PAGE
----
Posted On Mar 18, 2015
Technology has made it easy for us to electronically store documents that would have required warehouse-size space in paper form. Now, businesses wrestle with the question of what they can safely get rid of, and what they must retain. This is especially a problem for small businesses, which may not have the luxury of designating someone to supervise document retention.
In litigation, the consequences can be severe for businesses that are too quick to dispose of documents. Regulatory agencies and courts may impose significant monetary sanctions when documents are improperly destroyed, and judges may instruct juries to assume that missing documents would have proved the other party’s case. Sanctions also can include all of the attorney and discovery costs associated with the other side’s pursuit of the missing documents.
Document retention is a risk management issue for all businesses. Your business must have a document retention policy that is written to minimize your legal exposure.
Here’s how to get started.
Identify your documents
Start by identifying all of the types of documents that are common to your business. A surprising number of documents have legally-mandated requirements for retention.
For example, the Age Discrimination in Employment Act of 1967 (ADEA) and the Fair Labor Standards Act (FLSA) require employers to keep payroll records for three years. The FLSA also requires employers to hold on to employee evaluations and some other records for two years. The Occupational Safety and Health Administration (OSHA) requires that records of employee injuries be kept for five years, although there are exceptions.
Don’t try to figure this out on your own; ask legal counsel familiar with your industry if you’ve covered all the bases for compliance.
Develop a retention policy
You must have a formal policy for document retention. Even if your policy is questioned in litigation or by regulators, you are better off when you can demonstrate consistent treatment of documents.
A policy also takes the guesswork out of retention for your employees. You don’t want ad hoc retention policies based on individual department manager or employee preference.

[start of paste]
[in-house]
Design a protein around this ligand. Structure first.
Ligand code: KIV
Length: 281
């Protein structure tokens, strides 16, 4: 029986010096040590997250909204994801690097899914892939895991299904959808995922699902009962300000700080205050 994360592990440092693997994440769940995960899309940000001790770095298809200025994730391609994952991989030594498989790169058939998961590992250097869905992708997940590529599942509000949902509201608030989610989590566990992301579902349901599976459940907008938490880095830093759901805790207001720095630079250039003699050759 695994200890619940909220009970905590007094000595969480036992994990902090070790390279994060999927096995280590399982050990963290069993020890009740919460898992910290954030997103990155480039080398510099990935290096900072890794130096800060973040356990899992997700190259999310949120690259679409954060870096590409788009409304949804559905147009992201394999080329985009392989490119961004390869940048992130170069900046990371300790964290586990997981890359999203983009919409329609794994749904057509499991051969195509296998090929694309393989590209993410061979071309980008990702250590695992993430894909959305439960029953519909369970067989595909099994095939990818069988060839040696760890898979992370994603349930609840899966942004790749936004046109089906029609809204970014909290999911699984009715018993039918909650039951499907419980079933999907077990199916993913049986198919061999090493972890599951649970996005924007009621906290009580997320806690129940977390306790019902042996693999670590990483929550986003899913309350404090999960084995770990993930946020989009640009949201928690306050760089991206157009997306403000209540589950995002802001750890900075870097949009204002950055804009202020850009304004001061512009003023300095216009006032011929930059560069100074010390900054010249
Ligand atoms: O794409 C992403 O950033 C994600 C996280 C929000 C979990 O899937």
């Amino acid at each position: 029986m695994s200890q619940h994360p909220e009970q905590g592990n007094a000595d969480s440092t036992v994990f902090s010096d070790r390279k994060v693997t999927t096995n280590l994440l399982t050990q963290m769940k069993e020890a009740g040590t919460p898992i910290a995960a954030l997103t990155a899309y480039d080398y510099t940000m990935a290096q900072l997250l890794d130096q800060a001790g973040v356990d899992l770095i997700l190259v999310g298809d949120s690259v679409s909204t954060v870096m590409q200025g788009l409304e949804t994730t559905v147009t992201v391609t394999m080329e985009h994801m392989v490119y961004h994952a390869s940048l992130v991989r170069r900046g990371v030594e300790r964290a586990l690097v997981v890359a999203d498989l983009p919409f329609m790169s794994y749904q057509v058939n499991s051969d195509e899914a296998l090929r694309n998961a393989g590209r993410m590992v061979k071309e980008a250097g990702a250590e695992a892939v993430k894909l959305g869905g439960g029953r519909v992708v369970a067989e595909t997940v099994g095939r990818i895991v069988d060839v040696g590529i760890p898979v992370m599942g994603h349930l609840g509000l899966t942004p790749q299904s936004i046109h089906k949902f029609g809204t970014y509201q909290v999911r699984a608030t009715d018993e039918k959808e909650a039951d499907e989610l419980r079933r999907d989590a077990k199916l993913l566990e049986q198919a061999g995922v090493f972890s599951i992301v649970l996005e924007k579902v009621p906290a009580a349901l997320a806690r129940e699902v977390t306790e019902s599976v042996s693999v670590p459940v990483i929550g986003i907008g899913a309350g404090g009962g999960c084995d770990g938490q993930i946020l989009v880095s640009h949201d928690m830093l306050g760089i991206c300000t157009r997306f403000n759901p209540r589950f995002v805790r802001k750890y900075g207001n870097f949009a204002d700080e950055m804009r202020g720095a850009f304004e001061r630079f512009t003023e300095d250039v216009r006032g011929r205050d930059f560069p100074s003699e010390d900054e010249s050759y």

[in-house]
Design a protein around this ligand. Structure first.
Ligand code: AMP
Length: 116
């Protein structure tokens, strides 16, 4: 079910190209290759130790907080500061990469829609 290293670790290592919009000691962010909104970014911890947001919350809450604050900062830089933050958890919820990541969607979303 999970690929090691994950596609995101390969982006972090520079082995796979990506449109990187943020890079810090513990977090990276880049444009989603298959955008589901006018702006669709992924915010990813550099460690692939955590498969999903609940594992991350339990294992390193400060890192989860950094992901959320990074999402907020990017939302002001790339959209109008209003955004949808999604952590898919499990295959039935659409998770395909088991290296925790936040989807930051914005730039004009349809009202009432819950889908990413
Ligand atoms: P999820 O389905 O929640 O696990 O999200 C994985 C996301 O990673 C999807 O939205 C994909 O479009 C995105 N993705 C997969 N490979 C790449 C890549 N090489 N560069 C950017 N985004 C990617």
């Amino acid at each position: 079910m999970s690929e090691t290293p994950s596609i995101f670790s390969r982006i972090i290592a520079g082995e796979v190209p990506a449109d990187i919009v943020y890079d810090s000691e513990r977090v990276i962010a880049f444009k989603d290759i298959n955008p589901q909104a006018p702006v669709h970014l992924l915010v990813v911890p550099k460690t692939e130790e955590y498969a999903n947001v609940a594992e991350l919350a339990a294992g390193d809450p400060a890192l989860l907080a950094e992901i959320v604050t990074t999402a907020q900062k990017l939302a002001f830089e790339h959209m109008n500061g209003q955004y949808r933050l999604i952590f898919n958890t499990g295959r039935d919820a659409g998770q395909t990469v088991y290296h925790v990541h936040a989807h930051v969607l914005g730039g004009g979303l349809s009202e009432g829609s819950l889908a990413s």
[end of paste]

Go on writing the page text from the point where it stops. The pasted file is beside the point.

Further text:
Litigation puts all document disposal on hold
Once you anticipate litigation, you must retain all potentially relevant documents. Courts have said that not only must you retain documents if you are sued, but you must hold on to records if you reasonably anticipate you will be the subject of litigation.
Unfortunately, courts haven’t been clear in defining what constitutes “reasonable anticipation.” Certainly, if you receive any communication from another party’s counsel about a dispute, that’s reason to expect litigation. Other warning signs may fall into a gray area. Always consult counsel before you get rid of records that might be the target of discovery.
Consistency is the key with email
Email doesn’t have to be kept indefinitely, but you can run into problems if you dispose of email selectively. Old email can clog servers, so your policy may be influenced by your storage capacity.
Whatever length you decide is appropriate, stick to it for all employees and all emails. Ideally, your IT department will set up a program for automatic deletion after a certain time. If you depend on individual employees to delete emails, remind them of the policy periodically.
Over-retention can hurt you
Some might ask, why not just keep everything?
Assuming you have the capacity to do so, it’s still not a good idea. An opposing party’s discovery requests are never designed to target documents that will prove your side of a case, so the documents you save are more likely to hurt than help you.
There’s also the cost. Going through documents to satisfy discovery requests – which may require redaction and many, many hours of hands-on time – is expensive. If you save more documents, it can only make this chore more costly.
One mistake we see companies make is to rely only on their IT staff to develop document retention policies. But, the larger cost of document retention isn’t buying more server space. Rather, it’s the fines and sanctions that courts or regulatory agencies can impose on companies that don’t adhere to legal requirements. Include your legal counsel when you write your document retention policy.
Carlyle R. Cromer is a business litigator in Turner Padget’s Myrtle Beach office. He represents both individual and corporate clients in wide-ranging disputes within the commercial sphere. Critical to his success is his ability to explain complex concepts in a manner that is easy to understand. Carlyle also handles insurance litigation matters and has taken cases through the appellate process. He may be reached at (843) 213-5540 or by email at email@example.com.